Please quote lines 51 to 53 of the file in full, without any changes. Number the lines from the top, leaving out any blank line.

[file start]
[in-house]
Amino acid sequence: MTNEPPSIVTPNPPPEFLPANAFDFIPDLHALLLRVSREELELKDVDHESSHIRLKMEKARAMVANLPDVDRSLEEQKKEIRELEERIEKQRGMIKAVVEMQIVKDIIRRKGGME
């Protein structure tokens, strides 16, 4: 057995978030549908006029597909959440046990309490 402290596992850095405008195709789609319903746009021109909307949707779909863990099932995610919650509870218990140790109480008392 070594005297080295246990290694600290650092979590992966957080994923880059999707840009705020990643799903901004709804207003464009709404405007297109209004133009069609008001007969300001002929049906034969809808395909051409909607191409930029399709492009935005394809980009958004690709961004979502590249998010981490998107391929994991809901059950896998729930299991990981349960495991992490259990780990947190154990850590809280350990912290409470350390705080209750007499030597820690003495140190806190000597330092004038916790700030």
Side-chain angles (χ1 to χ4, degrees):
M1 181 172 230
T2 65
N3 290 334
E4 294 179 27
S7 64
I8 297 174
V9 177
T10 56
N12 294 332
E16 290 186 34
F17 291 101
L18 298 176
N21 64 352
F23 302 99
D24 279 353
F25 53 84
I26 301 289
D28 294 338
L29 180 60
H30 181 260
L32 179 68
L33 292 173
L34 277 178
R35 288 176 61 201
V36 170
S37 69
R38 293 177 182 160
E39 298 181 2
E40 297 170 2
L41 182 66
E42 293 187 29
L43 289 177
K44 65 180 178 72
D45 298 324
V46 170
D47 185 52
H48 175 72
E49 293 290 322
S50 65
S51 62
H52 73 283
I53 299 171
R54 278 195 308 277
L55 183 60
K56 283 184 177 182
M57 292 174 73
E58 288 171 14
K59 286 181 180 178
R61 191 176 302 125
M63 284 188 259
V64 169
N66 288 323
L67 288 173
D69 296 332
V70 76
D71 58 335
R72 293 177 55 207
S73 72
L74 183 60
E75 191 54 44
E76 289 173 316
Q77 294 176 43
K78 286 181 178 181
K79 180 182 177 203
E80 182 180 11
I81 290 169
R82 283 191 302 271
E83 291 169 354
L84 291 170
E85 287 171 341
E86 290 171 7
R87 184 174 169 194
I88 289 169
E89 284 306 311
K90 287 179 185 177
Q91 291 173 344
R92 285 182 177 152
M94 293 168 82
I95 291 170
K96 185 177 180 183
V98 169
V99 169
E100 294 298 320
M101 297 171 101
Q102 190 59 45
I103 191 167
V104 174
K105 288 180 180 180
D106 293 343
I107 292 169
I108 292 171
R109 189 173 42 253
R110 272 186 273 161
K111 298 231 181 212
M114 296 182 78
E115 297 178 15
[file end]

E58 288 171 14
K59 286 181 180 178
R61 191 176 302 125